I’m talking a lot about the Predators in this introduction because I’m trying to put off talking about the Canucks, and the game they just played against the Predators, as long as possible. It would be so much more fun to talk about the Predators and their unexpected success this season. We could discuss whether their offensive output is a sign that Barry Trotz is overrated as a coach. We could analyze whether it’s the young forwards driving the attack or their puck-moving defencemen. We could warn that Rinne’s performance this season is unsustainable and likely won’t last all season.
But I can’t avoid talking about this game forever, because I have to write about what I watched and, against my better judgement, I watched this game.Continue Reading —›
Some nights you just don’t score. You can look really good. You can put in a solid effort. You can even generate some quality looks. But at the end of the day, it always takes a little luck. The robots knew. You gotta get lucky. And when you don’t, well, there’s always a late-night poutine shack open somewhere.
What were we talking about? Right, there was a hockey game tonight. I zoned out a bit because nothing happened. Anyway, I watched this game.Continue Reading —›
The story heading into this game was Alex Burrows reuniting with the Sedins on the top line, allowing Radim Vrbata to move to the second line in an effort to spark Nick Bonino, who had just 2 points in his last 14 games. The plan fell through at the last minute, however, as Vrbata fell ill, forcing Linden Vey into the lineup in his place. The sparking of Bonino would have to wait, we all thought.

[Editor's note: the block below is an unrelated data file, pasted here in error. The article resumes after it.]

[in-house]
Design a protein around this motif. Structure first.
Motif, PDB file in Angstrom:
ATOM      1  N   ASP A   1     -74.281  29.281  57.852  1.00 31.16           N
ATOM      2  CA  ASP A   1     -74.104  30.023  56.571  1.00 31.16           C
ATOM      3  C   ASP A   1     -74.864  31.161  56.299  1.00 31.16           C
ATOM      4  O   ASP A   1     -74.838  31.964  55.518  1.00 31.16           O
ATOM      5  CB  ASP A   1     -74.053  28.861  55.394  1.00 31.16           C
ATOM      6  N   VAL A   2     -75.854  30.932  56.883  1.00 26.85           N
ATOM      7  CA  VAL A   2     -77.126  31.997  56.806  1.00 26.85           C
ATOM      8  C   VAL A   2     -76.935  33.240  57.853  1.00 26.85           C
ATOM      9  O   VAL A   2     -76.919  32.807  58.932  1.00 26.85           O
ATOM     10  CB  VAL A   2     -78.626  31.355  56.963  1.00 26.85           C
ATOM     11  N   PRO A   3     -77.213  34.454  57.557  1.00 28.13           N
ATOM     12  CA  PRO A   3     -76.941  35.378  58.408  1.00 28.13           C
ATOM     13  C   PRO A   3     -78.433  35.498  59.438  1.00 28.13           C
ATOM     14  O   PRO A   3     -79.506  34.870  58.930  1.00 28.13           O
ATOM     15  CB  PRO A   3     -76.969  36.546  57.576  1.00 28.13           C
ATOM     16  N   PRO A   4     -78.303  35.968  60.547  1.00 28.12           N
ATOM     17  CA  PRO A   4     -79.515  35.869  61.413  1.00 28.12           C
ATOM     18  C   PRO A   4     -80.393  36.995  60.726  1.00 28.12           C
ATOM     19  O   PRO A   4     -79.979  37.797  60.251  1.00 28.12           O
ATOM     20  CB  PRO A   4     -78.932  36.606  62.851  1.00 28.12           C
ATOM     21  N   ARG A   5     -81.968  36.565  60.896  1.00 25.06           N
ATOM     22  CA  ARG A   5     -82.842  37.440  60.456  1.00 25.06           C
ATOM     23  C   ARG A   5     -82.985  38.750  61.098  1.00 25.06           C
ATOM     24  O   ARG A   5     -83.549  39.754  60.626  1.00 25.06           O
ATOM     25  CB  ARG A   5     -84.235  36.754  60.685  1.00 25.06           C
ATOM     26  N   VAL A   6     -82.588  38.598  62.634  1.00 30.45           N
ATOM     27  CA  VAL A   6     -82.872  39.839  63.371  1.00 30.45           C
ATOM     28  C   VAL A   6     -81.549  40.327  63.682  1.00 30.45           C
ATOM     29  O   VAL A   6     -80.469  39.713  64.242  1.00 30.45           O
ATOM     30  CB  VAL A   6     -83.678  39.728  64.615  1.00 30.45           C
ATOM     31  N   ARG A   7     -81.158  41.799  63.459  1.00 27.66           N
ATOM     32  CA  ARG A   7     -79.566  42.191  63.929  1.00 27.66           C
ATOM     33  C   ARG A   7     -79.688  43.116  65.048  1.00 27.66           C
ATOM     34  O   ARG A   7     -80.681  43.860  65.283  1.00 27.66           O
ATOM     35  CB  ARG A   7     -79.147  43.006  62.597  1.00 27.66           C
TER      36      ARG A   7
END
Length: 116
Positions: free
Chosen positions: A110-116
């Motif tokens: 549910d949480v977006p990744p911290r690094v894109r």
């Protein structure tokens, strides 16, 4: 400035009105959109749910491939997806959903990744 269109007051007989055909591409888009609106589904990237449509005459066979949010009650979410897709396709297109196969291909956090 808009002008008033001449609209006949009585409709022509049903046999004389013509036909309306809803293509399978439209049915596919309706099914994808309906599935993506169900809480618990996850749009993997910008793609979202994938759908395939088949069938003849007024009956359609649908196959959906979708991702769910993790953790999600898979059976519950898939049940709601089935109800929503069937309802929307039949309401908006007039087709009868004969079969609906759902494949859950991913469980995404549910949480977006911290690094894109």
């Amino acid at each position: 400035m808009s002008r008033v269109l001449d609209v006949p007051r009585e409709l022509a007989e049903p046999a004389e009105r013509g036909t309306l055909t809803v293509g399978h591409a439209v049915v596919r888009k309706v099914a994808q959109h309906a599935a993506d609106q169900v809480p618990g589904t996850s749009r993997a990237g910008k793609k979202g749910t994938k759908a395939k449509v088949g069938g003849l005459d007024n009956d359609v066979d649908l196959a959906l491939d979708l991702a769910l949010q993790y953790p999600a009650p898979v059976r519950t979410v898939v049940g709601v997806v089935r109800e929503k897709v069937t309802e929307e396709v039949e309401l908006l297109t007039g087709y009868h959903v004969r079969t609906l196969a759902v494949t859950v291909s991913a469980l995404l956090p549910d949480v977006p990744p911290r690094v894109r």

Instead, Vey had one of his best games of the year, the second line was the Canucks’ best, and Bonino excelled, firing a game-high 5 shots on net and scoring his first goal in 8 games.
Now Willie Desjardins has a dilemma: once Vrbata recovers, who comes out of the lineup? Don’t you dare say Zack Kassian, because he was also fantastic in this game. I should know, because I saw it with my own two eyes when I watched this game.Continue Reading —›
I had a soccer game last Sunday and, with our regular goaltender on holiday, I was called upon to play in net. We were short a player, so, playing with only 10 men, I had to make a lot of saves.
I was playing very well, making a diving stop here, a point blank kick save there, giving my team a chance. Then, near the end of the first half, the other team had a corner kick. The player mis-kicked it, sending it too close to the near post. It was easy for me to jump up and grab it before it could go anywhere dangerous. The ball hit my hands and I landed on my feet, ready to send my team the other way.
And the ball slipped out.
I don’t even know how it happened. One moment the ball was in my hands, the next it was on the ground and I was scrambling to grab it, only to have one of their players get his foot in and kick it across the line. It was devastating to have a good performance suddenly turn into a catastrophe. I felt like I let my team down, like all the saves I made in the rest of the game were rendered null and void.
In short, I know exactly how Eddie Lack feels right now. I felt his pain when I watched this game.Continue Reading —›
The Canucks did not play well tonight. Unlike the defensive pairing of Kevin Bieksa and Luca Sbisa, there’s no getting around it. They tested Carey Price just 16 times, which isn’t nearly enough, and they were out-attempted by a staggering margin of 68 to 29.